1 Timothy 6, Apostle Paul Sayings, Humble, Poor, Poverty, Wealth
I must come to a basic understanding about wealth. Jesus is challenging me. So is the Apostle Paul.
Riches are VERY uncertain. There are days I just don’t get that. I act as if they are important even as I say they aren’t. I must radically change my mind and how I act (aka repent).
Instruct those who are rich in this present world not to be conceited or to fix their hope on the uncertainty of riches, but on God, who richly supplies us with all things to enjoy. Instruct them to do good, to be rich in good works, to be generous and ready to share, storing up for themselves the treasure of a good foundation for the future, so that they may take hold of that which is life indeed. | 1 Timothy 6:17–19
Paul had already written about the danger of the love of money, but he added a special “charge” for Timothy to give to the rich. I may not think that this charge applies to me, but it does. My standard of living today would certainly make me “rich” in the eyes of Timothy’s congregation! I have been warned.
Be humble: If wealth makes a person proud, then he understands neither himself nor his wealth. “But you shall remember the Master your God; for it is He that gives you power to get wealth” (Deut. 8:18). We are not owners; we are stewards. If we have wealth, it is by the goodness of God and not because of any special merits on our part. The possessing of material wealth ought to humble a person and cause him to glorify God, not himself.
It is possible to be “rich in the world” and be poor in the next. It is also possible to be poor in this world and rich in the next. Jesus talked about both. But a believer can be rich in this world and rich in the next if he uses what he has to honor. In fact, a person who is poor in this world can use even his limited means to glorify God and discover great reward in the next world.
Trust God, not wealth. The rich farmer in our Master’s parable (Luke 12:13–21) thought that his wealth meant security, when really it was an evidence of insecurity. He was not really trusting God. Riches are uncertain, not only in their value (which changes constantly), but also in their durability. Thieves can steal wealth, investments can drop in value, and the ravages of time can ruin houses and cars. If God gives us wealth, we should trust Him, the Giver, and not the gifts.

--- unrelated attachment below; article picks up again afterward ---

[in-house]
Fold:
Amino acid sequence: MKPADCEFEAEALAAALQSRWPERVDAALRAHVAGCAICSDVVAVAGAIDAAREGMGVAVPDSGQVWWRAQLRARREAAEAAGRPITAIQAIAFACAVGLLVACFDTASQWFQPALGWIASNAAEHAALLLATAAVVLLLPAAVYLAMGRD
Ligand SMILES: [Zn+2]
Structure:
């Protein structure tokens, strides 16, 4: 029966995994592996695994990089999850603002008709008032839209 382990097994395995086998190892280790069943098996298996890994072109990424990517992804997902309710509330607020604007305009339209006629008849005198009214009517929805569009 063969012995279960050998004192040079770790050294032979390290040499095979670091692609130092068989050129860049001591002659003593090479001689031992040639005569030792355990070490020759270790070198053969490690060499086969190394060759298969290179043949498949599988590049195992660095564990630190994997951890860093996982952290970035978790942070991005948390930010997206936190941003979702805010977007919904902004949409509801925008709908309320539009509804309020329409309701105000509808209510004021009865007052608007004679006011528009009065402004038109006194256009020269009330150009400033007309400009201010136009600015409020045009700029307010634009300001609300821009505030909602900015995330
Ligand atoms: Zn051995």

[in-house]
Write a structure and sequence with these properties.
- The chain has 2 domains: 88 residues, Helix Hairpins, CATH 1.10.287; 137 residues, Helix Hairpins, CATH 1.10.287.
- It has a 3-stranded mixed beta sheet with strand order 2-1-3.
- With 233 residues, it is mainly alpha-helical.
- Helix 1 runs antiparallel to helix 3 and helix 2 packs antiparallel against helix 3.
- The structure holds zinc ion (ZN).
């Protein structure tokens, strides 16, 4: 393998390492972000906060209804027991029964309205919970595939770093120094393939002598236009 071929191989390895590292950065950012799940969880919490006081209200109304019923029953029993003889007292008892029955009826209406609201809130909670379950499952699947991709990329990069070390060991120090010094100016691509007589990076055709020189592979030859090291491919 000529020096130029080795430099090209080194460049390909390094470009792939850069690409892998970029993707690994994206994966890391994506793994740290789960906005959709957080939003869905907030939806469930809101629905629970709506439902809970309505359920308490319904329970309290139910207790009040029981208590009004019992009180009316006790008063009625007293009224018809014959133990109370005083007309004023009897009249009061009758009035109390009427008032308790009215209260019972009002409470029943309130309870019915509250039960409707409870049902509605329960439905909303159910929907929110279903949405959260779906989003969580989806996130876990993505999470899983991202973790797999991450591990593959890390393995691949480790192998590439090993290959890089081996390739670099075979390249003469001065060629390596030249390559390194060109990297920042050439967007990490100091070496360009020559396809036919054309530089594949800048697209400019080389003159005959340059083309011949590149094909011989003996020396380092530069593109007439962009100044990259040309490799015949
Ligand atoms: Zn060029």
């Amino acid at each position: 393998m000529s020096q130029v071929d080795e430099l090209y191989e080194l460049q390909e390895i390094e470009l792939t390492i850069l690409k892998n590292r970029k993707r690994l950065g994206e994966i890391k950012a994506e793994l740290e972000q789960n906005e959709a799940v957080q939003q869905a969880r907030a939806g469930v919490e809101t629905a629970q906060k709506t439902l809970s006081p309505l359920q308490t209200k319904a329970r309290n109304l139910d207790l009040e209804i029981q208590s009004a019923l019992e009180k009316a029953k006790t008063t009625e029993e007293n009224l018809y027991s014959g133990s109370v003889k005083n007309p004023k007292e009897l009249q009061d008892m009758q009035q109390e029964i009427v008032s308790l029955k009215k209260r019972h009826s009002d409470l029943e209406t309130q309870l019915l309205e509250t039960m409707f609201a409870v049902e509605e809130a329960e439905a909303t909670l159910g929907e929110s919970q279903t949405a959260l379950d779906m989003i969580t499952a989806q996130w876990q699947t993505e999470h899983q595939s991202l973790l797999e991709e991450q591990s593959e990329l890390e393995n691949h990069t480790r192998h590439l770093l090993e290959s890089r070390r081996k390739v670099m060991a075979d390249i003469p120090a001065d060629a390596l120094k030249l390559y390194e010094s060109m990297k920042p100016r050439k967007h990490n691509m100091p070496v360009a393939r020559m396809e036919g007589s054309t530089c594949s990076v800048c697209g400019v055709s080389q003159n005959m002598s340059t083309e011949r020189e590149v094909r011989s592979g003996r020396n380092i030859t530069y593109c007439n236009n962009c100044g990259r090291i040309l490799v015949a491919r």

Enjoy what God gives you. Yes, the word enjoy is in the Bible! In fact, one of the recurring themes in Ecclesiastes is, “Enjoy the blessings of life now, because life will end one day” (Ecc. 2:24; 3:12–15, 22; 5:18–20; 9:7–10; 11:9–10). This is not sinful “hedonism,” living for the pleasures of life. It is simply enjoying all that God gives us for His glory.
I have to be careful. Materialistic seduction can happen. I live in America and that is clear.
If materialism was ever to satisfy anyone, it would have been Solomon, the richest king the world has ever known. He had absolutely everything and had more of it than anyone, and yet he found it was all worthless and futile.
It did not produce happiness or the satisfaction our souls long for. He declared, “Whoever loves money never has money enough; whoever loves wealth is never satisfied with his income” (Ecclesiastes 5:10).
In the end, Solomon came to the conclusion that we are to “fear God, and keep His commandments. For this is the whole duty of man” (Ecclesiastes 12:13).
Materialism — Possessions and riches can make it difficult to enter the kingdom
The pursuit of possessions and wealth and a preoccupation with physical things is futile and dissatisfying. Materialism is defined as “the preoccupation with material things rather than intellectual or spiritual things.” If a disciple is preoccupied with material things, it is definitely wrong. That is not to say I cannot have material things, but the obsession with acquiring and caring for “stuff” is a dangerous thing for me as a slave of Jesus.
Vincent S Artale Jr said:
Reblogged this on Talmidimblogging.
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A very good post and warning that is relevant for our present age
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